How Quickly Does Deduplication Memory Shrink?

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How Quickly Does Deduplication Memory Shrink?

Postby Haravikk » Fri Apr 22, 2022 11:46 am

When I setup my ZFS storage I initially dismissed deduplication since the bulk of my data (in terms of capacity used) is unique, so there would little or no savings from deduplication.

However, I do have a working directory where I use tools that have a tendency to copy a lot of data with only small modifications (usually in header blocks), so I'm thinking of enabling deduplication only for this directory (which I'll put in its own new dataset).

What I'm wondering though is what my expected memory impact will be when accounting for the fact that files are only in this directory temporarily (while being worked on, as once complete they're copied elsewhere).

For example, let's say I have 10gb file and it's copied five times. With deduplication enabled this should only result in 10gb of data in the dataset (plus change) with, if I'm working it out correctly, a deduplication table of maybe 80mb (320 bytes per dedup record multiplied by the number of unique records?). Now let's say I move the file out of the working dataset and into its final location; will that 80mb of RAM be freed from the deduplication table (assuming no snapshots etc.) since the records no longer exist in that dataset?

My hope is that I can essentially have a deduplication setup in which the memory usage rises while active, then drops back to near zero when done. If that's not how it works while active then are there alternatives; for example, are there any drawbacks to enabling deduplication only temporarily, i.e- turn it when I start a task, then turn it off again once I've completed it?
Haravikk
 
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Re: How Quickly Does Deduplication Memory Shrink?

Postby tangles » Sat May 07, 2022 4:22 am

from https://linuxhint.com/zfs-deduplication/#a2

Whether deduplication saves disk spaces or not, ZFS will still have to keep track of all the data blocks of your ZFS pool/filesystem in the deduplication table (DDT).

So, if you have a big ZFS pool/filesystem, ZFS will have to use a lot of memory to store the deduplication table (DDT). If ZFS deduplication is not saving you much disk space, all of that memory is wasted. This is a big problem of deduplication.

Another problem is the high CPU utilization. If the deduplication table (DDT) is too big, ZFS may also have to do a lot of comparison operations and it may increase the CPU utilization of your computer.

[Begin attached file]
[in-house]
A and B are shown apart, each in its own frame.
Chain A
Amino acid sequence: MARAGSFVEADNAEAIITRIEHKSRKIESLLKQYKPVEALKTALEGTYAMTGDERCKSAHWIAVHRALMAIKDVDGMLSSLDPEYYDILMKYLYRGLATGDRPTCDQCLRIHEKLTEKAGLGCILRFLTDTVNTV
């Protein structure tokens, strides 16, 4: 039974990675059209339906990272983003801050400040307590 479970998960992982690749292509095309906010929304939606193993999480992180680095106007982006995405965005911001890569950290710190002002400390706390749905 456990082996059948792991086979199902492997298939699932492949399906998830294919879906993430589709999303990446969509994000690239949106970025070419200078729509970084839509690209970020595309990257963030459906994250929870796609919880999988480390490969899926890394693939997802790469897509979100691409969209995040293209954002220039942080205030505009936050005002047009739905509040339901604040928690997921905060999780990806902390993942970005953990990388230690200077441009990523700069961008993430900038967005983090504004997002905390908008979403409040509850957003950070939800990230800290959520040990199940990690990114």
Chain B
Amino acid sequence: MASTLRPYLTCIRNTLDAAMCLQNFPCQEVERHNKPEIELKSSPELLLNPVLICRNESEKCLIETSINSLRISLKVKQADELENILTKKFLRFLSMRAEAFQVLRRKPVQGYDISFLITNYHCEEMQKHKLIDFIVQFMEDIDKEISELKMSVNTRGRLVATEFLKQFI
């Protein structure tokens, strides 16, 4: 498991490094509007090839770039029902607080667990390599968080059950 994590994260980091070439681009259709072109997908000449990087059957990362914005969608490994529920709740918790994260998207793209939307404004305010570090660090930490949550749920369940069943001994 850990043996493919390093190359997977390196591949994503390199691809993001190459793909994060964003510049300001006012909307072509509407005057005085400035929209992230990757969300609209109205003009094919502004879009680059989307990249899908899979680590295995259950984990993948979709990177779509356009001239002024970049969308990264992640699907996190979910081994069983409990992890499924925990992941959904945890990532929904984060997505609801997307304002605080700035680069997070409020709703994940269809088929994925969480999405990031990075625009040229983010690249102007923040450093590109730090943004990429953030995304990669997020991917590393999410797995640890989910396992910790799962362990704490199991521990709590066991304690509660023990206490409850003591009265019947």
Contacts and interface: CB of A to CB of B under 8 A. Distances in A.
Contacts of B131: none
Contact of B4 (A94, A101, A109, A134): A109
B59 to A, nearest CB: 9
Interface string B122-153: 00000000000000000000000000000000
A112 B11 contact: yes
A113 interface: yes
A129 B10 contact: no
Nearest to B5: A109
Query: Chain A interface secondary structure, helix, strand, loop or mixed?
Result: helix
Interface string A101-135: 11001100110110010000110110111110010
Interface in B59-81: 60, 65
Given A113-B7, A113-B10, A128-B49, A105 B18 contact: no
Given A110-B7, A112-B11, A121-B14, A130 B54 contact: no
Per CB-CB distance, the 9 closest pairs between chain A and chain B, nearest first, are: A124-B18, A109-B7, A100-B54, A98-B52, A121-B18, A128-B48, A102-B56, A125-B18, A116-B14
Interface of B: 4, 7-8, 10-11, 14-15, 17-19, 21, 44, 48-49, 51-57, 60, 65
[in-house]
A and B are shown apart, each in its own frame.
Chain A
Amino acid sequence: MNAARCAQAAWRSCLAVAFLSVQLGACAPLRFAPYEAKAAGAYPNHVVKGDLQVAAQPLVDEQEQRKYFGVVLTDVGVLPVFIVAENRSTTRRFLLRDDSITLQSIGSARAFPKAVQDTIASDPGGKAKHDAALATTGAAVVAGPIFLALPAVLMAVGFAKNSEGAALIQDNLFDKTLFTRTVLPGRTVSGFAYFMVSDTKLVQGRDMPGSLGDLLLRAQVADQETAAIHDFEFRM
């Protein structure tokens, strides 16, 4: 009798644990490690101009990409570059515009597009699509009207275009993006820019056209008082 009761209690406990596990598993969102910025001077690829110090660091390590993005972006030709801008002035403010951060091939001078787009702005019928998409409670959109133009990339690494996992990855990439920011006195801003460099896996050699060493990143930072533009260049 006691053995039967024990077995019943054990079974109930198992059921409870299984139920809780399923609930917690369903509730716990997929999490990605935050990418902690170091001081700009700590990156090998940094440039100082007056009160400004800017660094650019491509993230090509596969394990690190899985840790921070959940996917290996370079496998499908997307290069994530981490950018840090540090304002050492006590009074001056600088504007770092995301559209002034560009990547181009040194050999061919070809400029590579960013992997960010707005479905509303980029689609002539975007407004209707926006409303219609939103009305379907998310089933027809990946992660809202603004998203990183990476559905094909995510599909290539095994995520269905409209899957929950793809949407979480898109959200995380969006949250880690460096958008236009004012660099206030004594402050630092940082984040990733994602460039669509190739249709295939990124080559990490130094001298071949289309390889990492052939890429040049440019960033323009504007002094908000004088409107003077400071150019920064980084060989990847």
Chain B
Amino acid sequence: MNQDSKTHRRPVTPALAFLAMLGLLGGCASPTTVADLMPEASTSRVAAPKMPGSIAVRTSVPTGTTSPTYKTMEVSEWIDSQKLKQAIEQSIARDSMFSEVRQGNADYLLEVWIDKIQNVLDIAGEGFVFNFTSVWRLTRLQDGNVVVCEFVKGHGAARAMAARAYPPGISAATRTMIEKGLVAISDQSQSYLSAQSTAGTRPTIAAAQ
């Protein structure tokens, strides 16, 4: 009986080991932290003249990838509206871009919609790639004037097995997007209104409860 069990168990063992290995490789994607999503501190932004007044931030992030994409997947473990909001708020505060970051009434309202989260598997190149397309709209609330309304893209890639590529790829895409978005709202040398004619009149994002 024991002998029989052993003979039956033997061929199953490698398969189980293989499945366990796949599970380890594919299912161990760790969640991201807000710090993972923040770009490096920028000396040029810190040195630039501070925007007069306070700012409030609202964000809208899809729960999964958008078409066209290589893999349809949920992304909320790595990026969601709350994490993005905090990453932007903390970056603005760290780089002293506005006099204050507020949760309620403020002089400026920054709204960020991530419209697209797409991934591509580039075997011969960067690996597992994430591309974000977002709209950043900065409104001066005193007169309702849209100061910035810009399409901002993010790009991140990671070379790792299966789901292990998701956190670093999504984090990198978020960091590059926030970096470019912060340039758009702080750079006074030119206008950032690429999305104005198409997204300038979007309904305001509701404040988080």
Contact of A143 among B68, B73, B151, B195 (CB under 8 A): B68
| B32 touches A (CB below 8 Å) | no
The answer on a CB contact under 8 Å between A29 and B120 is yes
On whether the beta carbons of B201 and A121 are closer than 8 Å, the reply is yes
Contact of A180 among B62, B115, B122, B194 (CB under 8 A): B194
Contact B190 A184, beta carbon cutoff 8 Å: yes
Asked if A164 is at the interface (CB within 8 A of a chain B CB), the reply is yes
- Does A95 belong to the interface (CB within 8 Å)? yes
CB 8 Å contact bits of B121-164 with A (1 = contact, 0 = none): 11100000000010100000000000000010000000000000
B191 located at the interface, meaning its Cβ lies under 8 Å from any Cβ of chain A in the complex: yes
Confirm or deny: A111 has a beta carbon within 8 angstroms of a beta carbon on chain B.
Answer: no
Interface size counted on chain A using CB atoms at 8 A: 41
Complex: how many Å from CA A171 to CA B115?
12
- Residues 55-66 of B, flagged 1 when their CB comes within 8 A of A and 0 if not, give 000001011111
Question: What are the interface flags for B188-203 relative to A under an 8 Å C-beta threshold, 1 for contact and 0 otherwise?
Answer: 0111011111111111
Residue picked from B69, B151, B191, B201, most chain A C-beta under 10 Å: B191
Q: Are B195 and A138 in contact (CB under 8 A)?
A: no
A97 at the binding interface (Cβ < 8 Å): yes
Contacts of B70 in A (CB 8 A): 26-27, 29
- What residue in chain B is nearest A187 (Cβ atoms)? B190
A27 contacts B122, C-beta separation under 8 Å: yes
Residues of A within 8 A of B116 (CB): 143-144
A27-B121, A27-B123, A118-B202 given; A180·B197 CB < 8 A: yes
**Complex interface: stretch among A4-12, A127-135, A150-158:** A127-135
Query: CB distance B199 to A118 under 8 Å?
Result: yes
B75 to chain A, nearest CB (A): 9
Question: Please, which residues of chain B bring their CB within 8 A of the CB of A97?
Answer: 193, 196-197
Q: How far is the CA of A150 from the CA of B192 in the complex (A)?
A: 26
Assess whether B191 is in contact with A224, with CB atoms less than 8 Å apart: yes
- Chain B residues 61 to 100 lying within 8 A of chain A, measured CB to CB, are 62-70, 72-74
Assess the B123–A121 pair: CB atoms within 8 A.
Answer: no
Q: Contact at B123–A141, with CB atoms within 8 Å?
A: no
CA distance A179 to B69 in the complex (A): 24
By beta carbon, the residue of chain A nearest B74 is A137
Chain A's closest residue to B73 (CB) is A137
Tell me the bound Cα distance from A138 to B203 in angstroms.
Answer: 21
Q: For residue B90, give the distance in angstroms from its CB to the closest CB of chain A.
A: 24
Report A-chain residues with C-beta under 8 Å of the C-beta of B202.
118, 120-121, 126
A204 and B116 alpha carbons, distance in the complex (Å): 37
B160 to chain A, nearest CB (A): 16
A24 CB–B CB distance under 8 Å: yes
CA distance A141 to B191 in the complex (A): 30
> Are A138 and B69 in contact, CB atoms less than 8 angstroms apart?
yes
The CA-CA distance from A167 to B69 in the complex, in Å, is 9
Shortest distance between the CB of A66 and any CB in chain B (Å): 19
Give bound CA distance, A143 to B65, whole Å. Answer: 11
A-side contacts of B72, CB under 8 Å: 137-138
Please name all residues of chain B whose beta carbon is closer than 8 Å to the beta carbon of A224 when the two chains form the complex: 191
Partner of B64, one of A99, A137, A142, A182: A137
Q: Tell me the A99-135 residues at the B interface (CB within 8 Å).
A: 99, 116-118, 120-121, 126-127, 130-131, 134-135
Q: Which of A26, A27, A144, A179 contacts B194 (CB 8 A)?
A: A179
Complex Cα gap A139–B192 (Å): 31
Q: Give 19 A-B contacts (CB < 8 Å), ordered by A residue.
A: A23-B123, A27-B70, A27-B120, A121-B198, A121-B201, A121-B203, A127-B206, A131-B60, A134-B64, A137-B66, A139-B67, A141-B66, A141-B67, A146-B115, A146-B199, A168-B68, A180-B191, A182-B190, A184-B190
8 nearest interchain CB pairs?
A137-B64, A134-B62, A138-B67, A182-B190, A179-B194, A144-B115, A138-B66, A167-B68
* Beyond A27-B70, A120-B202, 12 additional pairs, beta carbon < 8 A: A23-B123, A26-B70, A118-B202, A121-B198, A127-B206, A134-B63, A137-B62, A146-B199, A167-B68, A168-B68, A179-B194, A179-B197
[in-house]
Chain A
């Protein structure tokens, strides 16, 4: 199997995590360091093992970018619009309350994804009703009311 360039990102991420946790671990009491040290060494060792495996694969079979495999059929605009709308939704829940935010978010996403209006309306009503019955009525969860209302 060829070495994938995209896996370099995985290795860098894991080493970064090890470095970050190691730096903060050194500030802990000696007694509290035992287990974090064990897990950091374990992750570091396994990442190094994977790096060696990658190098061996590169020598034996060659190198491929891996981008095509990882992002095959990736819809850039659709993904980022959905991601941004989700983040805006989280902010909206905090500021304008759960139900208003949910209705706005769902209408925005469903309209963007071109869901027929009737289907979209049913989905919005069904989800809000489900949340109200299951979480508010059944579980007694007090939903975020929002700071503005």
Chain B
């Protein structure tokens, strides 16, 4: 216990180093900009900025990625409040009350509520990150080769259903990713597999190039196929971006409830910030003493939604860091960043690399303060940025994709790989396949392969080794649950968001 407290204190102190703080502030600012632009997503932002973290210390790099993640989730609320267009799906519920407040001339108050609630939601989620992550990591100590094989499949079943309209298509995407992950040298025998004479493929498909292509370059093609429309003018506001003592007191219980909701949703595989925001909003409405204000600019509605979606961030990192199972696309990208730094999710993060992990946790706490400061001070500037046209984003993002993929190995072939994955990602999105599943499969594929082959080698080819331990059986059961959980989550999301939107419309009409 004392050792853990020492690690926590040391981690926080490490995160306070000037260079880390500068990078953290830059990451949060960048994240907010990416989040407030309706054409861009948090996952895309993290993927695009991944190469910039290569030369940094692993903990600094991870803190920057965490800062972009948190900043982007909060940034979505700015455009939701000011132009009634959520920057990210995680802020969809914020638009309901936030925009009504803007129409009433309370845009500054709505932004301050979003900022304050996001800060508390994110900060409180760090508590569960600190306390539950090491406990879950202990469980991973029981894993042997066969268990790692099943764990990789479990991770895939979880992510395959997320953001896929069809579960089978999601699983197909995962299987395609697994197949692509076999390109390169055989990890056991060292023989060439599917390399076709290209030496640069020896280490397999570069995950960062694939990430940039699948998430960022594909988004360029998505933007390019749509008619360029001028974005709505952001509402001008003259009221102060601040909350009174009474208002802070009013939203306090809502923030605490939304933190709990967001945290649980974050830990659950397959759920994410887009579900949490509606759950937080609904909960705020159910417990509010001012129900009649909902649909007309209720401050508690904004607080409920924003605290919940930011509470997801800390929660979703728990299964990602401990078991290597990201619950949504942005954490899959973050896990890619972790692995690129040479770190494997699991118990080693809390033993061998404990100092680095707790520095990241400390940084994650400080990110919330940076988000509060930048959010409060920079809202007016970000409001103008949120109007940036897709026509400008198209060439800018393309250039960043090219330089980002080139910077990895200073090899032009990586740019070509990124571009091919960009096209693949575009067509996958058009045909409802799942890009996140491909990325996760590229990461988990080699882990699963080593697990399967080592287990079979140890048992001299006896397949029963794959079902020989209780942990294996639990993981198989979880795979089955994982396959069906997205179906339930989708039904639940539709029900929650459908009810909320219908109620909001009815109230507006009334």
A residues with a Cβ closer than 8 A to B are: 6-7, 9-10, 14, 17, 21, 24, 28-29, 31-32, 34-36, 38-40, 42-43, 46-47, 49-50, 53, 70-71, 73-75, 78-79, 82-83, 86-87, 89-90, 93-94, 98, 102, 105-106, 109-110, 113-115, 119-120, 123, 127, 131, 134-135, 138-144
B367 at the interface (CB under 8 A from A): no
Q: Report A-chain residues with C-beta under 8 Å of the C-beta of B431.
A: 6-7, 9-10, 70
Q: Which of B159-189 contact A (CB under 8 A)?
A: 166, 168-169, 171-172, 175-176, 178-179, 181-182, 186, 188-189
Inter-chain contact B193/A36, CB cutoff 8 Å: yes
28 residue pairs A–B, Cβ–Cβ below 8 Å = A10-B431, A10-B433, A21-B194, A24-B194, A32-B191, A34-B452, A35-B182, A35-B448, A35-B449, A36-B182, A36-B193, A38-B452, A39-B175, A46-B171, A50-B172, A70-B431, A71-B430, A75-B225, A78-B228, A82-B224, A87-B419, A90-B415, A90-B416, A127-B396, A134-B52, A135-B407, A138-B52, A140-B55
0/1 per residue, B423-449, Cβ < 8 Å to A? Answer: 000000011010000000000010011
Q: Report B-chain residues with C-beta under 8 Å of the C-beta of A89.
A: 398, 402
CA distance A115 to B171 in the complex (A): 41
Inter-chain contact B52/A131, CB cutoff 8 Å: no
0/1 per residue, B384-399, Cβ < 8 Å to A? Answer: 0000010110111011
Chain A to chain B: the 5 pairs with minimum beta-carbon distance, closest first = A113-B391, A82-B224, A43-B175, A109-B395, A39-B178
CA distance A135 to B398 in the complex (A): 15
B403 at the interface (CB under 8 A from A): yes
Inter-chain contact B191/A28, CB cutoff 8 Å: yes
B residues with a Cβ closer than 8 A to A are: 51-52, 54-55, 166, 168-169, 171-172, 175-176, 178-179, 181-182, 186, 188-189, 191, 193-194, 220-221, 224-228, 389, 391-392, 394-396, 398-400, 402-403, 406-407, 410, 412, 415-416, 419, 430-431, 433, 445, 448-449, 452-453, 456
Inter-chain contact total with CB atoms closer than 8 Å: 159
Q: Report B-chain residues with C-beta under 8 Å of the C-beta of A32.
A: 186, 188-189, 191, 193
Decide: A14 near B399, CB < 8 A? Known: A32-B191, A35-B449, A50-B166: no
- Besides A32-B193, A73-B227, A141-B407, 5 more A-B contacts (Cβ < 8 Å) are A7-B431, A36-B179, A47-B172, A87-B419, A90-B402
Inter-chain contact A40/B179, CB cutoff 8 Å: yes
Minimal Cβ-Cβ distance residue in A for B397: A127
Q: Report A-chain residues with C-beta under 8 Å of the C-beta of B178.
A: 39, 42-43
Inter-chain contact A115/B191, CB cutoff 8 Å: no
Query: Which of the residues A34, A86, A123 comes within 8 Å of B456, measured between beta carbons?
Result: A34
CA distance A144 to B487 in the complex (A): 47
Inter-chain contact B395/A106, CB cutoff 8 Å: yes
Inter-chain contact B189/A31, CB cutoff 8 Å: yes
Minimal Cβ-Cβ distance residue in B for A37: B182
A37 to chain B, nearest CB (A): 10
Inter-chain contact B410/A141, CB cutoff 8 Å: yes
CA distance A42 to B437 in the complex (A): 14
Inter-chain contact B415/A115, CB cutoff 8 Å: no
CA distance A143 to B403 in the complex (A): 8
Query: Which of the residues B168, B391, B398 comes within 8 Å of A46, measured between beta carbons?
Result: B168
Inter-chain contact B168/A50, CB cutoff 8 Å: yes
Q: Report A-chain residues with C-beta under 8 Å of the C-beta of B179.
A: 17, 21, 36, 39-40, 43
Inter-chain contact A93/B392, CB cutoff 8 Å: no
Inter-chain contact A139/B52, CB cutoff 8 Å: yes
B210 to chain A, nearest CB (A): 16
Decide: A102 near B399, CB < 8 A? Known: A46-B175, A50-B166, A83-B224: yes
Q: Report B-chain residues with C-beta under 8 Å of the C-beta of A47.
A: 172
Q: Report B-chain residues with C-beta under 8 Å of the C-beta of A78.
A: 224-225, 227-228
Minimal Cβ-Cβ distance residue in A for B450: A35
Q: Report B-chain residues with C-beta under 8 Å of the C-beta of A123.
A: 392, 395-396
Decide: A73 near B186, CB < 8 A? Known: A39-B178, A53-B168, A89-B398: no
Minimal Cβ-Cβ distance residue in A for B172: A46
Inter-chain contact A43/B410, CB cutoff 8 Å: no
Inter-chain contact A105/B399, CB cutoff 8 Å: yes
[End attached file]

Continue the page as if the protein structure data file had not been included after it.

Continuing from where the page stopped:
tangles
 
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Re: How Quickly Does Deduplication Memory Shrink?

Postby Haravikk » Sat May 07, 2022 2:18 pm

I don't think this answers my question though; my understanding is that the deduplication table is basically just a table of checksums (or partial checksums?) for every block (record?) already in the dataset, so that if the same block/record is written again then it can simply be linked to the new entry rather than written twice. This means the size of the DDT should be based on the amount of data in the dataset(s) for which deduplication is enabled.

What my question is is how quickly deleted blocks are removed from the DDT, and memory freed as a result, i.e- if a dataset contains almost nothing, then the DDT should in theory be very small, and as you add data to it the DDT will grow, but does it shrink, and if so, how quickly?

I may just need to devise some tests of my own, but I'm really not sure how you're supposed to measure the current size of the DDT; there doesn't seem to be a simple measure for it anyway (looks like you need to work out how many unique and deduplicated blocks are in the DDT at a given moment in time, and then work out from known sizes (or just fudge it, I think both entries are roughly 160 bytes on average).
Haravikk
 
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Re: How Quickly Does Deduplication Memory Shrink?

Postby tangles » Mon May 09, 2022 5:38 am

create your test pool environment.

grep the following line from: zpool status -D <poolname>

Code: Select all
DDT entries a, size b on disk, c in core


and use awk to print/get the third and eighth item on the line to (being a and c) into variables

a x c / (1024^2) = ~MB of RAM used for your DDT

Create a menu entry to refresh each 5 seconds or so using xbar

https://github.com/matryer/xbar

You should soon know when your table increases and then decreases while copying data over and deleting it in the Finder.
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